There are individuals that come from very high courts in Europe, in the US, in Latin America, in Africa who compose this body, and their decision is unquestionable. So we don’t think that there will be a negative impact from the fact that a representative of Russia won’t be sitting at the board because of the good relationship we’ve developed with the government, with the 11 host-cities and with the LOC. We can say really without any fear or any worry that we have already set the ground for a major event to take place this year and next year. So it shouldn’t be a major pre-occupation.
— You used to go biking, despite your father being very conservative, do you have time for this now?
No, no time for biking or swimming. Yesterday for example we were watching the Empoli-Milano game and then Juventus vs. Genoa.
— Football is very important, but it shouldn’t take all of your time!
Oh, you will have to talk to my husband. When you’re crazy about something, it’s difficult. But sometimes at least he allows me to watch something different. So I was at least able yesterday afternoon to watch the results of the French presidential election.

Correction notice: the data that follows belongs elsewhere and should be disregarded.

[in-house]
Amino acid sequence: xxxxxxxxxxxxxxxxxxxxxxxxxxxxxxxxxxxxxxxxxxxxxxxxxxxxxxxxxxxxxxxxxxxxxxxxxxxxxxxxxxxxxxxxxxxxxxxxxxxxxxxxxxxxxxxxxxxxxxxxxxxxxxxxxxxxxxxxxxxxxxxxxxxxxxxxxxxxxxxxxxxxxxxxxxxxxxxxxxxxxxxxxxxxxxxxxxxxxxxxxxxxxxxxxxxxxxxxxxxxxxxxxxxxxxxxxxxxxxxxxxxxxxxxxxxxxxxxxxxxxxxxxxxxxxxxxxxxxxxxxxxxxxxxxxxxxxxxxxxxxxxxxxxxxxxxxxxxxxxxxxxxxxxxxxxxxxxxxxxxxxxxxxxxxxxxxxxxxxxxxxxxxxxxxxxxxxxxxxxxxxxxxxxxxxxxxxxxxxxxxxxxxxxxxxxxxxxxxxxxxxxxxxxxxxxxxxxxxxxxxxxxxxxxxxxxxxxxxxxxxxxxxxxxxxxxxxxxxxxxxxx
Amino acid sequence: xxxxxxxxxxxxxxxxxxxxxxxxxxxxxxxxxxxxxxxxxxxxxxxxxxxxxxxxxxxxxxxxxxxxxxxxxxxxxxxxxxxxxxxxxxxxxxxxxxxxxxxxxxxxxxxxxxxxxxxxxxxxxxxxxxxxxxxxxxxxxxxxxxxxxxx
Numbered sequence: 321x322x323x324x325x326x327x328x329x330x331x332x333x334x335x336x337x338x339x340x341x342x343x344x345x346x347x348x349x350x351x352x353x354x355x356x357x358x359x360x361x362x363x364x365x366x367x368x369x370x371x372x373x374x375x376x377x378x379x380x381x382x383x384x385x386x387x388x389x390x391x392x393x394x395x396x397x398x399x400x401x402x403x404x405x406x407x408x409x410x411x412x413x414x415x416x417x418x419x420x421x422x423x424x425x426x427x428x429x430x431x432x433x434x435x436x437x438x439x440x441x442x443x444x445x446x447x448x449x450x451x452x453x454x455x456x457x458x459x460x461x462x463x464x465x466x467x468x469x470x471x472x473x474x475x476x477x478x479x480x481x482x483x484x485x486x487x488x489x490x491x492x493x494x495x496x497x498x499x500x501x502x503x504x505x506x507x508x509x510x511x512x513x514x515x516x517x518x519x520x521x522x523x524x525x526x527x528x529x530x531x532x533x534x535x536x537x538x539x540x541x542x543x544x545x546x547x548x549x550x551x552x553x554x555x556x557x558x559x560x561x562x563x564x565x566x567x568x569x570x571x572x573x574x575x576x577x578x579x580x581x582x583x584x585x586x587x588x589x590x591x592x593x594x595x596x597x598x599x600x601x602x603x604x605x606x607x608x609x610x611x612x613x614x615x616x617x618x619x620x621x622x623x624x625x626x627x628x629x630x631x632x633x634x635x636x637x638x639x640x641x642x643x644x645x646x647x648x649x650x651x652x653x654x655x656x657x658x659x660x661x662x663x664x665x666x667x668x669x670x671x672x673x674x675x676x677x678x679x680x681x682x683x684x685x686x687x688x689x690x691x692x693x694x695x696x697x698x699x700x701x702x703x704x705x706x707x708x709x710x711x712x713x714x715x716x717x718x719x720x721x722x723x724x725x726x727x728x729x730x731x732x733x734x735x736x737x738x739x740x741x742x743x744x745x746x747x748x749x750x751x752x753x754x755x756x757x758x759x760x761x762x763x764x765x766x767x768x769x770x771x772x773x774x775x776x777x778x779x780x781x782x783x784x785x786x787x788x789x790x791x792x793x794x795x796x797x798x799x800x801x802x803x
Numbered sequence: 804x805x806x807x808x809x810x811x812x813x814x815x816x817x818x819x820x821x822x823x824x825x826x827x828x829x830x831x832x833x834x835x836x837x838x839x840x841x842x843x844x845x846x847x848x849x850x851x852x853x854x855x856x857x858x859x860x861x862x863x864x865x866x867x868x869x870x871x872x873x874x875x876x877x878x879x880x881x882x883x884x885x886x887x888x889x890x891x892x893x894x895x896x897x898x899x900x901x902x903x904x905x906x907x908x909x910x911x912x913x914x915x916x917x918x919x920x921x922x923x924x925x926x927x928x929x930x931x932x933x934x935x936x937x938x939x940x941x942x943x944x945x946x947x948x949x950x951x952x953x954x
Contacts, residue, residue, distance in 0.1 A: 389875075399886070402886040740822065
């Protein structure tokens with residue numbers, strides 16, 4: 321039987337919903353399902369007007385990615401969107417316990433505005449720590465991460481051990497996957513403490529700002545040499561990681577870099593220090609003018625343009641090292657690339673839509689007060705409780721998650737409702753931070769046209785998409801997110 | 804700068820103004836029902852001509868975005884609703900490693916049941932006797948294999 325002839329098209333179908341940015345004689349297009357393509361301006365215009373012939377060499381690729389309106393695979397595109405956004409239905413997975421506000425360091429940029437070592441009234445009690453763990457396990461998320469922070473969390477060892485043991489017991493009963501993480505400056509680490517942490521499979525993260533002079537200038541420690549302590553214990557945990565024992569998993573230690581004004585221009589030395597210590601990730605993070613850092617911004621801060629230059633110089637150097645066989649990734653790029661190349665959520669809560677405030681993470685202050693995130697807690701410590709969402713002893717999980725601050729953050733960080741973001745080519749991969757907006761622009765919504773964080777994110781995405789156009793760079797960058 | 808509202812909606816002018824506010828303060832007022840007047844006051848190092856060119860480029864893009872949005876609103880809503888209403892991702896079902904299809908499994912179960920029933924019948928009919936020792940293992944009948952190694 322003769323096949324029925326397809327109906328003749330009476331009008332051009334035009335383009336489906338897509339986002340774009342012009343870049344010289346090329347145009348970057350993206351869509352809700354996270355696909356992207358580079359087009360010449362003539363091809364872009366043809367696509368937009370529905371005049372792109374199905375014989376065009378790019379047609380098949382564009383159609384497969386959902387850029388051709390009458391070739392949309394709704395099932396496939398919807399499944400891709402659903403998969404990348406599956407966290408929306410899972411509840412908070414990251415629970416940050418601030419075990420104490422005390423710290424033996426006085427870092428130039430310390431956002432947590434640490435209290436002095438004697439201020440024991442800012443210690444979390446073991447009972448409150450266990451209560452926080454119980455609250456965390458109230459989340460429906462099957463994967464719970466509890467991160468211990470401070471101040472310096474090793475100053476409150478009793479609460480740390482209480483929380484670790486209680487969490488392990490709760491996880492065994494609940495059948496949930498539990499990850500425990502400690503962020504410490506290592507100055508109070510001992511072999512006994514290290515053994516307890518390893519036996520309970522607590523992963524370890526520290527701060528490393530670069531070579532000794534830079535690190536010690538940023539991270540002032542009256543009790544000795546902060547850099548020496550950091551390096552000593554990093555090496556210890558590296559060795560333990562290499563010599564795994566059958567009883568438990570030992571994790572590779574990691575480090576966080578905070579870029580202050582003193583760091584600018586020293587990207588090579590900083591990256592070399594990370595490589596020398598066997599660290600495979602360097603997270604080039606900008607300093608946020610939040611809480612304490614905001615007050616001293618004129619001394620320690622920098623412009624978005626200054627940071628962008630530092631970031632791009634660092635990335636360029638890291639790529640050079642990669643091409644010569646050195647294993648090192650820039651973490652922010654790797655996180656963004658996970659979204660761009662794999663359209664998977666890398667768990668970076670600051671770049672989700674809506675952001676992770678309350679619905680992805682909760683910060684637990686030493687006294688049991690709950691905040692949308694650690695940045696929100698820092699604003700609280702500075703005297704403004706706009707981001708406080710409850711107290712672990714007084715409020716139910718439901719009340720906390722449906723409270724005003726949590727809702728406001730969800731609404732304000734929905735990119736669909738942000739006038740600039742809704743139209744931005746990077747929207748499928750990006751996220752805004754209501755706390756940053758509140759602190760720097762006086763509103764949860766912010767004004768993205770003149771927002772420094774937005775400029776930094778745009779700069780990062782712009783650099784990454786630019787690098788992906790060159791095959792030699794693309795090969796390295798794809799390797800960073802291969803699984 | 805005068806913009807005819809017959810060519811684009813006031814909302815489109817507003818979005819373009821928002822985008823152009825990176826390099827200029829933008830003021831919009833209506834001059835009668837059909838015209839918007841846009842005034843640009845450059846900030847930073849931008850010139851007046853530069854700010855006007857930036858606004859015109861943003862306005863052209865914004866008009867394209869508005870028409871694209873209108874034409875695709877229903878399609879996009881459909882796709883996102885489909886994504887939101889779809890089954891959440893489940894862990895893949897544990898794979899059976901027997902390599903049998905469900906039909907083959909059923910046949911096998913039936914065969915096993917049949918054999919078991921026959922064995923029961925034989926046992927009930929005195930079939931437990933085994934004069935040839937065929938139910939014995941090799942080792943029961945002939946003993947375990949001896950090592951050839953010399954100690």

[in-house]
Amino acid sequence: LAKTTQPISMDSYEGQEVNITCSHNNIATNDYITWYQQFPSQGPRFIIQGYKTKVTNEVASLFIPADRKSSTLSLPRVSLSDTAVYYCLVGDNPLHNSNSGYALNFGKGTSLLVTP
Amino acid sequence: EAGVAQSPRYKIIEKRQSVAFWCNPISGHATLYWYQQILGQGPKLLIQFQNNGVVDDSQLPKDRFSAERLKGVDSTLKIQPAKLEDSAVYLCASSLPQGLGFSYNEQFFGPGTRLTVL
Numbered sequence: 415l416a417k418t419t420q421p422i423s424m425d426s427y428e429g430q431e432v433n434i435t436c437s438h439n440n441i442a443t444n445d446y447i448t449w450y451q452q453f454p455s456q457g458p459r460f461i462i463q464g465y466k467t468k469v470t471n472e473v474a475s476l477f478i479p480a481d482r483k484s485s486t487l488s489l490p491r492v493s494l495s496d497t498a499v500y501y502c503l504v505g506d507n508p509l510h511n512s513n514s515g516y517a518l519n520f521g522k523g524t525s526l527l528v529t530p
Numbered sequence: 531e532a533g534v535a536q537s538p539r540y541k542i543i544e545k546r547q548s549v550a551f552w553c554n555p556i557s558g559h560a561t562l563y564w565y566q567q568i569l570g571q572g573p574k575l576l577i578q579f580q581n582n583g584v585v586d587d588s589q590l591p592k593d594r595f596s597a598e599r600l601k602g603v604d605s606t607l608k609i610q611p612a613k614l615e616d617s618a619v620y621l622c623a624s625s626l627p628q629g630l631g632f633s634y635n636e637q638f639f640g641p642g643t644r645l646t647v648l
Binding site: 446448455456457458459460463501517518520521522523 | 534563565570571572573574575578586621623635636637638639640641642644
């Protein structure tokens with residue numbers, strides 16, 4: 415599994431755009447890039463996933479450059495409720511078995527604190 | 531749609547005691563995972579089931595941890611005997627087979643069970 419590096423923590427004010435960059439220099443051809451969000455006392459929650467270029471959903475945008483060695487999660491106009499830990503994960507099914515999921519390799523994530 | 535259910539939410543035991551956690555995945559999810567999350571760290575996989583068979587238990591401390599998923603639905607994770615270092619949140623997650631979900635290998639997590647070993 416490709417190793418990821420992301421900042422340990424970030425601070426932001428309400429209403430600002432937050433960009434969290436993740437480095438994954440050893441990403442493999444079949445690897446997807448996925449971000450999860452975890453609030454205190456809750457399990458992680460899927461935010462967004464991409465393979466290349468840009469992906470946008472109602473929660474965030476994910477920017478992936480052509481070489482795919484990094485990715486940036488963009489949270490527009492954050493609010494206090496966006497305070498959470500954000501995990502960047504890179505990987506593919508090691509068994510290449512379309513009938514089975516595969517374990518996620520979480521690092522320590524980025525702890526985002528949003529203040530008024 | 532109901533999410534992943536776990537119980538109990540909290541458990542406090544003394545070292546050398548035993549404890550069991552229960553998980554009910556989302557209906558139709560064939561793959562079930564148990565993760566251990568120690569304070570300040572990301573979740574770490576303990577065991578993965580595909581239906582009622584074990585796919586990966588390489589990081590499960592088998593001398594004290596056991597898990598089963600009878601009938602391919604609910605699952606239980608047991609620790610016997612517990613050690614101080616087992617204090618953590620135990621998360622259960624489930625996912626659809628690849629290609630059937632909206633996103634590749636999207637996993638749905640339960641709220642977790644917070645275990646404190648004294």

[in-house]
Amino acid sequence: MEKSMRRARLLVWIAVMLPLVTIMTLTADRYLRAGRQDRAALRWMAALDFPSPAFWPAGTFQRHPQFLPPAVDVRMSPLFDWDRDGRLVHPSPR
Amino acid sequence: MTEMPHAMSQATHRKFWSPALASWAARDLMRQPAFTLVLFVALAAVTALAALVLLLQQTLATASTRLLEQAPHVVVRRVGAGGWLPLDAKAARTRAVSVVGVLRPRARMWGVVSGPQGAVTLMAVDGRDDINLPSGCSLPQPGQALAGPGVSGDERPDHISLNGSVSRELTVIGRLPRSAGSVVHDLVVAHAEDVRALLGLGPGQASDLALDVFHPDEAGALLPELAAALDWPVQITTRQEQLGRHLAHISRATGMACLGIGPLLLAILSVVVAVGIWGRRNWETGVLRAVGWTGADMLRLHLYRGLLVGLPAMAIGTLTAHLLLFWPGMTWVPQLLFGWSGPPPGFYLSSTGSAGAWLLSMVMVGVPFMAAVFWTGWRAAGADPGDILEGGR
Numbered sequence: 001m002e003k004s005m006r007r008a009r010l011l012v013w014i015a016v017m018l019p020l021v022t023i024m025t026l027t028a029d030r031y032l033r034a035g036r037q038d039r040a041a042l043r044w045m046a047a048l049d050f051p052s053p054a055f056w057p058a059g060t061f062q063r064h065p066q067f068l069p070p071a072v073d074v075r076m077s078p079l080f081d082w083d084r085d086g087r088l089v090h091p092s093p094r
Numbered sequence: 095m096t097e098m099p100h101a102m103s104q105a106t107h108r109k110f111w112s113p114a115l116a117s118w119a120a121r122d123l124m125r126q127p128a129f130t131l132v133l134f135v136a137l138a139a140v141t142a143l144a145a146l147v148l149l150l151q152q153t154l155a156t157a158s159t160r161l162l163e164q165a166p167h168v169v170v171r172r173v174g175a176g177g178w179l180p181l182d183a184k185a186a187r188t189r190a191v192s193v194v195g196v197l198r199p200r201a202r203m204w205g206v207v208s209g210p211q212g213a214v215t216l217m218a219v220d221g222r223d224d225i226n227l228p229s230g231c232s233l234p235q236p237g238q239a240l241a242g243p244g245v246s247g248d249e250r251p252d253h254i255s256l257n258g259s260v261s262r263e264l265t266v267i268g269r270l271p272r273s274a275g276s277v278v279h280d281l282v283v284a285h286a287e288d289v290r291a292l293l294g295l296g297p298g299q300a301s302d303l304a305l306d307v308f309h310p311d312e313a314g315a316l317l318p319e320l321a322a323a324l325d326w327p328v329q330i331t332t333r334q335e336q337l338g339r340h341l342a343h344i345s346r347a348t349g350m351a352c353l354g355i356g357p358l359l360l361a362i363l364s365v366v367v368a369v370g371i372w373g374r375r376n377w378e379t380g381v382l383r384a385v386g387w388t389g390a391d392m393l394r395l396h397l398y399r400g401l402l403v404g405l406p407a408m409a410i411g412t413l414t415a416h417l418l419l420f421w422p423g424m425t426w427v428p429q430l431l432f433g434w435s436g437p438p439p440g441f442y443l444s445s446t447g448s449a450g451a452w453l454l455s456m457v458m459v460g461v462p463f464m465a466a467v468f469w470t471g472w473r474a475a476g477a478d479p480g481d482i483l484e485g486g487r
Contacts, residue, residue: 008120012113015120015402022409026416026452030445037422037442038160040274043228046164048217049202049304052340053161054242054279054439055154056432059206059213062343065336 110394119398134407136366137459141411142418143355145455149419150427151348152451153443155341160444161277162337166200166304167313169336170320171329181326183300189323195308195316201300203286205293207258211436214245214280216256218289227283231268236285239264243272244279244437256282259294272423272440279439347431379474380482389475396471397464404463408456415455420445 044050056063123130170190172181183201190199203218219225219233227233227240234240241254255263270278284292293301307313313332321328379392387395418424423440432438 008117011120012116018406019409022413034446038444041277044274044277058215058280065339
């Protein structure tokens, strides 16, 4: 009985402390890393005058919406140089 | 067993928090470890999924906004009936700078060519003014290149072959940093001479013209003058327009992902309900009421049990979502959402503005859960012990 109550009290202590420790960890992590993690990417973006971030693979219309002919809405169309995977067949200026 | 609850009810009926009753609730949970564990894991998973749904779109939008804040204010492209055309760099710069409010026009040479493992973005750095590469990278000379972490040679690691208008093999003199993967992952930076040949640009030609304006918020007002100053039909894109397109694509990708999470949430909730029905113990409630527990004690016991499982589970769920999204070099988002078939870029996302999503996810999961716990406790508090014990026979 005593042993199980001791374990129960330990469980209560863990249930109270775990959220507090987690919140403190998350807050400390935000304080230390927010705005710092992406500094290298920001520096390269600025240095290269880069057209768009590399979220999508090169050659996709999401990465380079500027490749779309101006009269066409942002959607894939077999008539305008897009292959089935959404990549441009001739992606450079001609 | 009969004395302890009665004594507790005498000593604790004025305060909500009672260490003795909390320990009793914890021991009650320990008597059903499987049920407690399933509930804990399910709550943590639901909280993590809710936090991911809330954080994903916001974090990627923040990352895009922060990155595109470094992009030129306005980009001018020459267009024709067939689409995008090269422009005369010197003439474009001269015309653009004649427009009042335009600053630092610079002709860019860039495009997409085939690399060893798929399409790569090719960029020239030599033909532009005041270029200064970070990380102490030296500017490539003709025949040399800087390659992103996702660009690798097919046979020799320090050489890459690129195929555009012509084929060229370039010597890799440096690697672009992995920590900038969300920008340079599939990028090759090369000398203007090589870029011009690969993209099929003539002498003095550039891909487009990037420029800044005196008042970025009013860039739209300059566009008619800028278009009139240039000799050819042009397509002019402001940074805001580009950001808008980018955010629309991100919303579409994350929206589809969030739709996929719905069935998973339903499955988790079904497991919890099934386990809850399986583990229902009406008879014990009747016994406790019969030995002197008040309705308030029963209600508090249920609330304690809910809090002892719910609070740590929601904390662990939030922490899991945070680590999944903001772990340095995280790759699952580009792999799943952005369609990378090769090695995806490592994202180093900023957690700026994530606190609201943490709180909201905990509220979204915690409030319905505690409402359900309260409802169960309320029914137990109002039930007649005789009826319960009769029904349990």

— You are one of the most powerful people in the football world. What does ‘power’ mean for you?
In fact, I don’t like to use the word ‘power’. I would prefer to talk about influence
And as a woman, we want to really expand the game at all levels. When I leave FIFA, I want to have a women’s competition that would be self-sustainable. Having a FIFA Women World Cup with enough sponsors so that we could start seriously investing in this football. We have millions of young girls from the age of eight who would like to have a career in football. But women’s football is a poor relative of football and it is very difficult for the countries who would really like to promote this game to collect additional revenues. So I hope that the sponsors will hear this message that we need to invest more in women, because we are equally important, and maybe we are not big stars today, but if we start investing today in the women’s game, it will definitely be something that will pay back in the future.